Commercialization in education is Ethical or non Ethical
Debate Rounds (3)
Commercialization of education comes at a time when China is experiencing fast economic development over the recent two decades. Undoubtedly, education commercialization requires structural adjustments, organizational reshuffling, accountability shifts, reconceptualization of whom education is serving, and market oriented running mechanisms.2 This should not be in any substantive way different from commercialization in other areas such as entertainment and service institutions. However, unlike commercialization in other aspects of social life, education commercialization is running against two fundamental concepts in China. First, education in its Confucian and therefore Chinese cultural tradition has never been for profit and profit only. Second, education in China is designed to create opportunities for upward social mobility for those who aspire. Simply put, the first would involve re-thinking of the traditional roles of teachers, students, and purposes of education. The second pertains directly to the role money plays in getting into education in the first place, which may block opportunities for many aspiring poor to start with.
ommercialization of education can and will happen at two different levels: administrative and instructional. The administrative level would require running the institute like an enterprise, focusing on budgetary cost-effect, seeking resources, product evaluation and corresponding adjustment, new hiring policy, and new relationship between teachers and students. Instructional level commercialization would treat the whole process of teaching and learning as cost-effect driven, focusing on learning/teaching as a necessary step for producing a product, re-adjusting the purposes of learning and teaching, depersonalization in the whole process of learning/teaching, and utility oriented curricular objectives.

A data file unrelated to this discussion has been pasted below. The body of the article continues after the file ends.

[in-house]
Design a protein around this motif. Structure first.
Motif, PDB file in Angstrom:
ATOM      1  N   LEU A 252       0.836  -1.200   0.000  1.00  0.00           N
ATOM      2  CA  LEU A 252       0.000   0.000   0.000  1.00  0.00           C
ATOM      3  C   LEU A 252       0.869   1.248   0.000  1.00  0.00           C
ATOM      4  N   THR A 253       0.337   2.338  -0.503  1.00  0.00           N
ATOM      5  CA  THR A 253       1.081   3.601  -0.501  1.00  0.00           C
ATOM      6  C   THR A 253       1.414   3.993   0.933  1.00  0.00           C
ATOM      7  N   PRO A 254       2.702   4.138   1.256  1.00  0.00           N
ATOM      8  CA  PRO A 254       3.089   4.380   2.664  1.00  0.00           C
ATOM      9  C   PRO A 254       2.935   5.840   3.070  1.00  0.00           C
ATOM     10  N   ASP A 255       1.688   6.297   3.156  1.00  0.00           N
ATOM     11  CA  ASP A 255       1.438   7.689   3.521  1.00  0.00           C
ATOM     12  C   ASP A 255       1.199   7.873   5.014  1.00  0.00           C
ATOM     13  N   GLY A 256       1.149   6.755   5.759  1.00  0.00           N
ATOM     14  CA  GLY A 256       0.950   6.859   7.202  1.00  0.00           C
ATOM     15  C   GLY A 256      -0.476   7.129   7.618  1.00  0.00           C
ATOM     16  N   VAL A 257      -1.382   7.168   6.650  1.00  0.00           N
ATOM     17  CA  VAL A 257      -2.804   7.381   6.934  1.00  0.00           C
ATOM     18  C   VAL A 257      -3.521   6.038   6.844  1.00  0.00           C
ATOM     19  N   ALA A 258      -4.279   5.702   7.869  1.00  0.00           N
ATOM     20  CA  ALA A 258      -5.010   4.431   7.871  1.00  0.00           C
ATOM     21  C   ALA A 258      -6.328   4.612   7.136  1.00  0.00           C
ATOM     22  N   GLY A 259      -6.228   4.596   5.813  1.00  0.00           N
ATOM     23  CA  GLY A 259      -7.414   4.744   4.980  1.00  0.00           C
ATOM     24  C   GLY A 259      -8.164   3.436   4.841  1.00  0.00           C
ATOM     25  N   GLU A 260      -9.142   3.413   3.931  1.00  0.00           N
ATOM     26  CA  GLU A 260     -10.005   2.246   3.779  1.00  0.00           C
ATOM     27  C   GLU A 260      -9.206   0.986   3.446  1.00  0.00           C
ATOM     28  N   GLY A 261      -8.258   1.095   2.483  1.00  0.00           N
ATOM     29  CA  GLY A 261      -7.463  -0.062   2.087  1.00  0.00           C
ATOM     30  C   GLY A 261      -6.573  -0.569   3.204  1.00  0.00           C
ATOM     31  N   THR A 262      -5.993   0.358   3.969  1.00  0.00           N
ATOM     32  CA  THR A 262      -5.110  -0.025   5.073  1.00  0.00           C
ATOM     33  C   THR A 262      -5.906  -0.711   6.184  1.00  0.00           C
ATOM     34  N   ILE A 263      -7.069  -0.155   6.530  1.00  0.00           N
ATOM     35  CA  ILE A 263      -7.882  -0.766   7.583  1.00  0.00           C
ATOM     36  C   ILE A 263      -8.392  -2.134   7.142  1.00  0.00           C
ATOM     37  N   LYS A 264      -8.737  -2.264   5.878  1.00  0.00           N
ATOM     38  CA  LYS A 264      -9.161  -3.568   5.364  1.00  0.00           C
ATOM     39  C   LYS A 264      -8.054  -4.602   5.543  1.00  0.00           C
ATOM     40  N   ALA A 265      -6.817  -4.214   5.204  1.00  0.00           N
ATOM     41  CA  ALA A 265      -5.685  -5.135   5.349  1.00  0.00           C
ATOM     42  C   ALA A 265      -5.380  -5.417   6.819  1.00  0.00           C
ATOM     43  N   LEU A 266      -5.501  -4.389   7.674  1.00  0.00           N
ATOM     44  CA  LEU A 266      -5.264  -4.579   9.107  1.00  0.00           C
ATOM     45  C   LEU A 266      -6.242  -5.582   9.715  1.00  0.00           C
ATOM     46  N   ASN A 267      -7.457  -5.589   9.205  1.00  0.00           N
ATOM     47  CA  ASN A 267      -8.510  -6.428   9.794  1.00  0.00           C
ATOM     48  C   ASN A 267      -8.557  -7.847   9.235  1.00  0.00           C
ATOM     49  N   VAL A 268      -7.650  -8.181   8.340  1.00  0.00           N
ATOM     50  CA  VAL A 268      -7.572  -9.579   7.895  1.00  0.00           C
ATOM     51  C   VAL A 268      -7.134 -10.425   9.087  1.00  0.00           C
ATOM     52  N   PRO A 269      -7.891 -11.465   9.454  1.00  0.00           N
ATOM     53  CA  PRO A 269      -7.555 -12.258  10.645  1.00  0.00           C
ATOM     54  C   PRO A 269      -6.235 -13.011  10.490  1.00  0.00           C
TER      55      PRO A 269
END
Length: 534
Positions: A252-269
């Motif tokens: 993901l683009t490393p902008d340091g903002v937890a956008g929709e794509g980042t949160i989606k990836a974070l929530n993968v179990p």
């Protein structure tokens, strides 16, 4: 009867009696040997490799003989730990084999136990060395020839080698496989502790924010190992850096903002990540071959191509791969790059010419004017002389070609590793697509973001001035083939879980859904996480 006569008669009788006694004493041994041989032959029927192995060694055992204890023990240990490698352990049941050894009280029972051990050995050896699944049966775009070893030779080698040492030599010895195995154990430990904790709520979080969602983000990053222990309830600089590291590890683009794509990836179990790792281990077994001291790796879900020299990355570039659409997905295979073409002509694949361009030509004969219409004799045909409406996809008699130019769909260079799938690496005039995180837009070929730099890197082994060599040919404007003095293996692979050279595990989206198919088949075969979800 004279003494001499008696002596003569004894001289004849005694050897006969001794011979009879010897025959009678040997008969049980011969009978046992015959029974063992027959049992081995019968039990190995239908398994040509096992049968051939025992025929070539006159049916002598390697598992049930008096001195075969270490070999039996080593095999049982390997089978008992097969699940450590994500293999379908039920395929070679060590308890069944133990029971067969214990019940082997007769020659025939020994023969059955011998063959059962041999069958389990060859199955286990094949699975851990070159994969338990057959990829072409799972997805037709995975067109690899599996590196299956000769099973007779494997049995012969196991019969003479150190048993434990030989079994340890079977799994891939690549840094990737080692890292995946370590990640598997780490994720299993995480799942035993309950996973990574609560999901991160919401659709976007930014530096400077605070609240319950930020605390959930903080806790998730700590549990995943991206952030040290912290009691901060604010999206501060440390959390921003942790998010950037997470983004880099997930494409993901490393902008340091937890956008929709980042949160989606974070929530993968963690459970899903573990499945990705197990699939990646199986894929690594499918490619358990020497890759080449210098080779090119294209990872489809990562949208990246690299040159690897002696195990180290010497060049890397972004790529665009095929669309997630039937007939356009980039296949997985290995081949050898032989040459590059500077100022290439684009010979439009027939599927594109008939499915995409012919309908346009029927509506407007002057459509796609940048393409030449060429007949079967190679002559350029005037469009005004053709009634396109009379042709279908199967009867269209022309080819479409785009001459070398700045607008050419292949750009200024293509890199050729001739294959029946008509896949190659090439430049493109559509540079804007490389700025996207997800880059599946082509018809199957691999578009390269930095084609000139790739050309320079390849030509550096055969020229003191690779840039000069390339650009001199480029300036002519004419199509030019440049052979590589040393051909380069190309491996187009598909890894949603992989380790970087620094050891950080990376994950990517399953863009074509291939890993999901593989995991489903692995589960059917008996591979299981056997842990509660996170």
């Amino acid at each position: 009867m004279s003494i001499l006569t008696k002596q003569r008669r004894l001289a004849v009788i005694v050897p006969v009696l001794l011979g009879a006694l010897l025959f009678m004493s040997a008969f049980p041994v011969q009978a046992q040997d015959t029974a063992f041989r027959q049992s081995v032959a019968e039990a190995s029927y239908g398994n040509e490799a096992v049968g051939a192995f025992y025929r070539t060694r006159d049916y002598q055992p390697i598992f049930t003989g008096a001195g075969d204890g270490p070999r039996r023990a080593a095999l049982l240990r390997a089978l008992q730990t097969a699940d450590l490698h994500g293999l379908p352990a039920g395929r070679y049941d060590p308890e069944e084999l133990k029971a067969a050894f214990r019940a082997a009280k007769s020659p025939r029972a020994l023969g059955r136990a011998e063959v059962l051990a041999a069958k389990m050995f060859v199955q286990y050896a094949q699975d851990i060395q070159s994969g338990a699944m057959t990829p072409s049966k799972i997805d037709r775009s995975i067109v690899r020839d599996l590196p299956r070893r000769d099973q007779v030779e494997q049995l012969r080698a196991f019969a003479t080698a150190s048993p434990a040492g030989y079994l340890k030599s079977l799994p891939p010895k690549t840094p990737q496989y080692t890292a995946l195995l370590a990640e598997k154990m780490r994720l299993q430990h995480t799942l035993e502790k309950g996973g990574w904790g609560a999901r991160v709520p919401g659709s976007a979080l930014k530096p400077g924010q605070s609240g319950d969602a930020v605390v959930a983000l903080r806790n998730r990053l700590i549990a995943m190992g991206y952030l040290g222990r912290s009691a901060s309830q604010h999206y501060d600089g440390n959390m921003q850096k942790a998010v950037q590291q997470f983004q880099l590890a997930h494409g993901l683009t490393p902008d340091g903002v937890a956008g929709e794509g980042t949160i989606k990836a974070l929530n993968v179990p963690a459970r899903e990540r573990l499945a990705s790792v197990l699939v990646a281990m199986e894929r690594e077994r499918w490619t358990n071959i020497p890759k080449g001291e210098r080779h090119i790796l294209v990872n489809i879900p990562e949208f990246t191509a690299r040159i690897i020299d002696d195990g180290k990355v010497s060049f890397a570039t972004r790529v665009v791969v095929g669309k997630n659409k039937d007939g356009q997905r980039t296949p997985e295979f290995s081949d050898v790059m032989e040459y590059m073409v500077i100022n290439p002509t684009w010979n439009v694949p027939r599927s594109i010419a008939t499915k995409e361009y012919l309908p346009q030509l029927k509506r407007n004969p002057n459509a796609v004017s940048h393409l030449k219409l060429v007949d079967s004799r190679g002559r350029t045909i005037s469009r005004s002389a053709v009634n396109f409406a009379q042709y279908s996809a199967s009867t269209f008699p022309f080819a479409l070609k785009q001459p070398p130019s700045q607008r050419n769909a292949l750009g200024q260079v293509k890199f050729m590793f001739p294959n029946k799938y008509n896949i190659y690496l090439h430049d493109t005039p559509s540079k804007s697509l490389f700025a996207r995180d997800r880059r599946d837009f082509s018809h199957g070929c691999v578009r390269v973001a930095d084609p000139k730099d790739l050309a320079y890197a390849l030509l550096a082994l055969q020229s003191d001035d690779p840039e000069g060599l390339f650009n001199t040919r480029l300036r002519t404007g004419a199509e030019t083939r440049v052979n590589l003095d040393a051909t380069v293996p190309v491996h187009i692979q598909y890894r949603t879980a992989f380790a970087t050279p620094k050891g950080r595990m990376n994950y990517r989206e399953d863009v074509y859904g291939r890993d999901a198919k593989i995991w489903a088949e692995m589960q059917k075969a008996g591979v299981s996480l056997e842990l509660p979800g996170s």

It is usually unwise to predict the future. However, if history is of any use, we know that the future is created through what we do and are doing today. It is a continuum of the present. The commercialization of education in China faces a similar future in the sense that we are shaping it through our participation and non-participation today. While this commercialization is more than an educational phenomenon, it certainly is going to affect generations to come as far as their education is concerned. To be both responsive to this relatively recent phenomenon in education and responsible for our future generations" education, we are obligated to explore the issue from both an immediate and distal perspectives. An immediate perspective would focus on what it means to us now and to education. Distal perspective would allow us to consider beyond ourselves into the future and beyond education into its ramification in other related and affected fields such as economy, sociology, politics, etc.
Instead of offering impossible answers, we ask some questions that could be both immediate and distal in perspective.
" Why was the photographer in the video so vehemently against the commercialization of education? As a stake-holder, what might be his reason for criticizing it? How will a sociologist and an economist respond to his criticism?
" If you were a student in a Chinese high school (as is the photographer"s daughter), what would be the biggest concerns you would have in continuing your pursuit of education in universities? Are these concerns related to any issues beyond education?